This is the “scorched earth” scenario where the Clintons prove every bad and nasty thing people have been saying about them and try and ride roughshod over the process in order to win at all costs.

It may surprise you when I say I don’t think this scenario likely. Hillary is still a Democratic senator and must work with the party in order to get things done for New York. And Bill Clinton would shrivel up and die if their tactics resulted in him being frozen out of the limelight. Besides, if on the off chance Obama loses in the fall, Hillary could make another run in 2012.

Would it be different next time?

It is in such moments of defeat that the Clintons display their remarkable ability to pick up the pieces. After the 1980 loss, they set about reinventing themselves as centrists. An early makeover target was their image as a couple. Hillary dropped her last name, Rodham, and became a public cheerleader for her husband’s policies. A decade later, when the couple’s White House agenda was rejected in the midterm elections of 1994, they took a similar approach, ending their “co-presidency” and diminishing Hillary’s public role. “She viewed ‘94 as a rejection of her,” says one Clinton administration official who declined to discuss the Clinton marriage on the record. “She knew she had to disappear for a while.”

Losing, in other words, has taught Hillary that sometimes she must sacrifice herself for the Clintons’ greater good. It is a lesson that may be worth remembering if she fails to reverse Obama’s momentum on March 4. A protracted, nasty fight for the nomination would tarnish the Clinton name and might endanger the party Bill and Hillary have spent three decades trying to build. The Clintons’ place in history is too valuable to them for Hillary to take that risk. In the history books, after all, she can be the woman who conceded gracefully—and the woman who never quit.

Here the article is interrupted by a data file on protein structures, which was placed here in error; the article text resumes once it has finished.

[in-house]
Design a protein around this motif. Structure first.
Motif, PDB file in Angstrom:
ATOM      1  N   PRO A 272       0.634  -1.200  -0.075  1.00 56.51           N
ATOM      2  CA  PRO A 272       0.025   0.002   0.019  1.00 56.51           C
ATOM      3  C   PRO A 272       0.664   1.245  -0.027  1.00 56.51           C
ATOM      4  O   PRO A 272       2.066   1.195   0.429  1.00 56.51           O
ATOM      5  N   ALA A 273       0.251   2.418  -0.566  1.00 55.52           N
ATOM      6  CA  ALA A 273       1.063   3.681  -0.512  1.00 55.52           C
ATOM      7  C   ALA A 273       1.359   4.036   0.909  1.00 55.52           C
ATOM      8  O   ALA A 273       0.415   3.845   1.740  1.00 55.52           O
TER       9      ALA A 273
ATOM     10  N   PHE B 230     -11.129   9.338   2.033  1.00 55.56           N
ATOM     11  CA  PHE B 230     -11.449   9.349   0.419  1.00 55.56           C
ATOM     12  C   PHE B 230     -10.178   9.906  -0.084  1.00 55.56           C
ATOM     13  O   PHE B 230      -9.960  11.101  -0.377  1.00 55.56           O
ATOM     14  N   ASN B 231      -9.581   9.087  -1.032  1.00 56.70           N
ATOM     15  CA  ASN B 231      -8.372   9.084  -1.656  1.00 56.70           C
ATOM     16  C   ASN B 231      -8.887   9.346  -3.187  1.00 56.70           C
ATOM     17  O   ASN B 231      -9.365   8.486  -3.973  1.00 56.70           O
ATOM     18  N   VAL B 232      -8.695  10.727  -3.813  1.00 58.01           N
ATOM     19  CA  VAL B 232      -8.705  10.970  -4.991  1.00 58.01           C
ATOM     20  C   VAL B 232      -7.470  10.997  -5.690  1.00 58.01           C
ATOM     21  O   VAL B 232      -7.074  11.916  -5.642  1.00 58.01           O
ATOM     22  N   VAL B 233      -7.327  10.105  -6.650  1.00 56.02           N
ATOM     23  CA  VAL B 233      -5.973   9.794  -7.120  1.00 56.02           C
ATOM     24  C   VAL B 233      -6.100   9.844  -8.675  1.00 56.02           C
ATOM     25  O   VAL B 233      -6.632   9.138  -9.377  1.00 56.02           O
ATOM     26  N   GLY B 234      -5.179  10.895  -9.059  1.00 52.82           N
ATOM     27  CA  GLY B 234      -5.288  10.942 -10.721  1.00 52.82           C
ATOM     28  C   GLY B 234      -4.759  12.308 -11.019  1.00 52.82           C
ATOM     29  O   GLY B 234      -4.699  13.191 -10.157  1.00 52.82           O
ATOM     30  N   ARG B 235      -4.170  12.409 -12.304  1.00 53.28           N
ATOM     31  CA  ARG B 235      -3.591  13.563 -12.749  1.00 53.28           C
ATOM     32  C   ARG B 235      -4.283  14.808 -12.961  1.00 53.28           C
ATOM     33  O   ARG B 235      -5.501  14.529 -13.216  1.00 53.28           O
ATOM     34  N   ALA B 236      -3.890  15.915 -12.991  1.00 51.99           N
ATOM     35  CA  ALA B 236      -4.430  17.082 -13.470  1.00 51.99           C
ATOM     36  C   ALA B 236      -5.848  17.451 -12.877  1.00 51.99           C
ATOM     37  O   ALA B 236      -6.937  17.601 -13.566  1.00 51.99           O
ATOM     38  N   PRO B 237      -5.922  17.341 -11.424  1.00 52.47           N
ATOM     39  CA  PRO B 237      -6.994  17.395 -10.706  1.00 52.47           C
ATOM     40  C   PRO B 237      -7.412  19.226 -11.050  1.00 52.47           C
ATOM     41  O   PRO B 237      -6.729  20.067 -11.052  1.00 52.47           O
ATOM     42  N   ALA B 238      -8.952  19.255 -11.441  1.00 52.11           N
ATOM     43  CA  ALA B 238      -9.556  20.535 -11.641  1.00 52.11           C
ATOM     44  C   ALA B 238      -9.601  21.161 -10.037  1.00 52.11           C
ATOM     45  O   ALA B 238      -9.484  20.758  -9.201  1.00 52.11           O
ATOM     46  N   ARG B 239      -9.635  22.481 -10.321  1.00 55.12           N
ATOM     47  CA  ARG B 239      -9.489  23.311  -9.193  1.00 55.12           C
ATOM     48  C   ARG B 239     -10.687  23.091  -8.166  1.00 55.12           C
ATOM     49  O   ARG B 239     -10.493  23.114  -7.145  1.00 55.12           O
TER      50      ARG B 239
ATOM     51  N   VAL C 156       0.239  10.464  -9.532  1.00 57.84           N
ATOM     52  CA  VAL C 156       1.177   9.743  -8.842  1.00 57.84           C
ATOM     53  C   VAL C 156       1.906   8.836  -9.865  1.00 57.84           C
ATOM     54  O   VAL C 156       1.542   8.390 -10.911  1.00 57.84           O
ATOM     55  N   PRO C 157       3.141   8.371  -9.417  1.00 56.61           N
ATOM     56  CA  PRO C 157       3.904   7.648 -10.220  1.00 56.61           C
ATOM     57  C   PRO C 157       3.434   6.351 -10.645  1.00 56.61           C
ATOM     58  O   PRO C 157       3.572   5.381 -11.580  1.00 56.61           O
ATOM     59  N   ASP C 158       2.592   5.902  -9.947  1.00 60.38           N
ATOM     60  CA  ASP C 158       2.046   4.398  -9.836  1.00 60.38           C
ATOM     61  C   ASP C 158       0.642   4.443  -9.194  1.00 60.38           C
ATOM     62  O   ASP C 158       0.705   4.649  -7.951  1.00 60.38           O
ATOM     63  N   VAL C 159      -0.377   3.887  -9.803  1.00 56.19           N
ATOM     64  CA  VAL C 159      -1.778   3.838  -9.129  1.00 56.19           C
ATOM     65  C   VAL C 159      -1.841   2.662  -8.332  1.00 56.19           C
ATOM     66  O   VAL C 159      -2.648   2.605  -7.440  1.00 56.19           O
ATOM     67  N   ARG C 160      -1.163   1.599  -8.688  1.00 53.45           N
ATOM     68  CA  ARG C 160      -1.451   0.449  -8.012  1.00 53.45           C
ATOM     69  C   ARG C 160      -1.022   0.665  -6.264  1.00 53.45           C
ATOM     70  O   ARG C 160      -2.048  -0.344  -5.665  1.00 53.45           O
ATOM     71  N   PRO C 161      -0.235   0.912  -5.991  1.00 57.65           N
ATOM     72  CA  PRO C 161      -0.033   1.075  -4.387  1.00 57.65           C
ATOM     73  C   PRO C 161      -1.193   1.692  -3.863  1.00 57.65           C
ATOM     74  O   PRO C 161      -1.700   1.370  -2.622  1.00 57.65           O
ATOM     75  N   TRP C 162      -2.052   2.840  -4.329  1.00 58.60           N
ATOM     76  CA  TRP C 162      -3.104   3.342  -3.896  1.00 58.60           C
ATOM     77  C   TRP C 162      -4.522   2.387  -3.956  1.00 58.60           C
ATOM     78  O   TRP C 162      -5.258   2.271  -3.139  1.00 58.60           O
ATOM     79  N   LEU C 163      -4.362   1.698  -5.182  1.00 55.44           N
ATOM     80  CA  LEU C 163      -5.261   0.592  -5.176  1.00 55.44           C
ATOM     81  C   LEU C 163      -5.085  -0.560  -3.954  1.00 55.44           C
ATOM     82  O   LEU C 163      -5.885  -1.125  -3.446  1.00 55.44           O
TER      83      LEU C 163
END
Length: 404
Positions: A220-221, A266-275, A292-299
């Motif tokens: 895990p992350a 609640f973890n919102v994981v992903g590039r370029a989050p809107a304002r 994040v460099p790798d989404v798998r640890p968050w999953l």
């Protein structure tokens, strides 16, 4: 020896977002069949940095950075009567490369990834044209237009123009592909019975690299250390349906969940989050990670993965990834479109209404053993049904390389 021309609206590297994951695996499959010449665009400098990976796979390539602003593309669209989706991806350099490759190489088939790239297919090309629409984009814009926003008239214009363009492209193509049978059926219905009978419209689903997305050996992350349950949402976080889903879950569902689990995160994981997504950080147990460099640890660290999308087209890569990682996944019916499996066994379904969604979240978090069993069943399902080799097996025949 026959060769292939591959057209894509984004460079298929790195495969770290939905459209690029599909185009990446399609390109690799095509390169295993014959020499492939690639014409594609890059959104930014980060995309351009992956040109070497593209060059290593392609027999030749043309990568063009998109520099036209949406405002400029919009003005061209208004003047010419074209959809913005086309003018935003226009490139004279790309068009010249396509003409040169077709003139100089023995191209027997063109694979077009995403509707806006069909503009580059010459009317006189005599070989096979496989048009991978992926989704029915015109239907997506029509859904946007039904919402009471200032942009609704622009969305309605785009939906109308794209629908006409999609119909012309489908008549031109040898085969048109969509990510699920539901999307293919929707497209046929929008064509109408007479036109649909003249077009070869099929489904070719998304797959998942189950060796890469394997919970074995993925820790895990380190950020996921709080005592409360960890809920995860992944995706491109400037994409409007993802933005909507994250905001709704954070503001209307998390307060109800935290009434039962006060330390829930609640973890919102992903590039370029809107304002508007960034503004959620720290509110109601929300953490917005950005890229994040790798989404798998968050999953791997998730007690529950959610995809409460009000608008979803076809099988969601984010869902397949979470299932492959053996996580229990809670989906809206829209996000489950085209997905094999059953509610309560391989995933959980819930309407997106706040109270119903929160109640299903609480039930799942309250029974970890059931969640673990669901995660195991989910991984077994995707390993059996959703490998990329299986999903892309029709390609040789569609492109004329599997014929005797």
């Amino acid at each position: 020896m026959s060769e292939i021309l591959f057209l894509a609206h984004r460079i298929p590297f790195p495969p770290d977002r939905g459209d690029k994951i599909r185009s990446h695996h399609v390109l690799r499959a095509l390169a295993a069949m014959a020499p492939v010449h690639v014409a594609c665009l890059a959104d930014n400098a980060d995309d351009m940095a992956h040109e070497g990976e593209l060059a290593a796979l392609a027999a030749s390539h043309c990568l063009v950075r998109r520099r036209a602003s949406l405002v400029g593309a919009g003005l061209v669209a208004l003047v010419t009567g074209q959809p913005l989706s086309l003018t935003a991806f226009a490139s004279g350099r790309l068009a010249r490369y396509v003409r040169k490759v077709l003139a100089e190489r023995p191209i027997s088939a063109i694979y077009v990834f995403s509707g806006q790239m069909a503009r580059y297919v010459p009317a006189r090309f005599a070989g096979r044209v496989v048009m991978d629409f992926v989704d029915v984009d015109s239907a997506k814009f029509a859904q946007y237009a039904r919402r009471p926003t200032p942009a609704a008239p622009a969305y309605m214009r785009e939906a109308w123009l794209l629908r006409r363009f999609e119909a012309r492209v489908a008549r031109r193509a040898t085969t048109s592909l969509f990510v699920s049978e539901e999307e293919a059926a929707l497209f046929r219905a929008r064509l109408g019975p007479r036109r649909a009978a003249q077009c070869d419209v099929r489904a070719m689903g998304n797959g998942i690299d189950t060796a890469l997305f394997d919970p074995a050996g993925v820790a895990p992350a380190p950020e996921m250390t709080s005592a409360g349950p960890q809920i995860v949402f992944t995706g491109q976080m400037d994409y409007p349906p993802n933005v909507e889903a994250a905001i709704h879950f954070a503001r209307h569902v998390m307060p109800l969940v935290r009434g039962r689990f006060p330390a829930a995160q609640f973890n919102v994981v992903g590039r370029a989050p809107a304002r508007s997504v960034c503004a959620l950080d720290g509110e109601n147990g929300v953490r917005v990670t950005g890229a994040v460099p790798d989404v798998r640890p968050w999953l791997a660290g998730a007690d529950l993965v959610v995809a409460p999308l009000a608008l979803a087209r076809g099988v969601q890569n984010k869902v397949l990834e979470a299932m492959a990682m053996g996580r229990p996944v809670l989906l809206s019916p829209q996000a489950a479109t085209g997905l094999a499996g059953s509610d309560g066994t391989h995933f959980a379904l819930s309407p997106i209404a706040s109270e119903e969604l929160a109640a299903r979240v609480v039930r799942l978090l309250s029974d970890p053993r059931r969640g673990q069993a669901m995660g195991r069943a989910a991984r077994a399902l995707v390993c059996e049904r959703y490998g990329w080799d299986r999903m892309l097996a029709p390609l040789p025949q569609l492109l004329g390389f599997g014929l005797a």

But what about a scenario where she outduels Obama strategically? John J. DiIulio has another, less plausible but a little more party-friendly path to victory for Hillary:

Obama has had some stirring, even brave, things to say: most notably concerning how public education has failed too many low-income children in urban America. Organizationally, the teachers’ unions are the Democratic party’s throbbing heart. Obama, to his credit, was not on their Valentine’s Day list. They will lean against him in several upcoming big-state primaries, and as a super-delegate bloc too.

And Clinton can deflate Obama’s “change” balloon by relentlessly asking him why he decries the “politics” of the “past 15 years.” Does he dislike the Clinton-era presidential politics that expanded the Earned Income Tax Credit, widely regarded as the single most successful anti-poverty initiative of that period? Does he mean the bipartisan bills of the 1990s that led to work-based welfare reform? Does he mean the politics of the “past” that yielded the State Children’s Health Insurance Program? Or maybe he means rolling back post-1993 expansions in Medicare coverage or college loans or spending on low-income (Title I) schools.

Older Democrats, respectful of legislative accomplishments, particularly may not like that Obama often voted “present” as an Illinois legislator, or that his state and federal records seem so thin. Blue collar voters who earn $50,000 a year or less defected from Clinton in the Potomac primaries and again in Wisconsin. But in Texas, Ohio, and Pennsylvania she may hold voters who can’t cut work the way college kids can cut class to attend midday campaign rallies.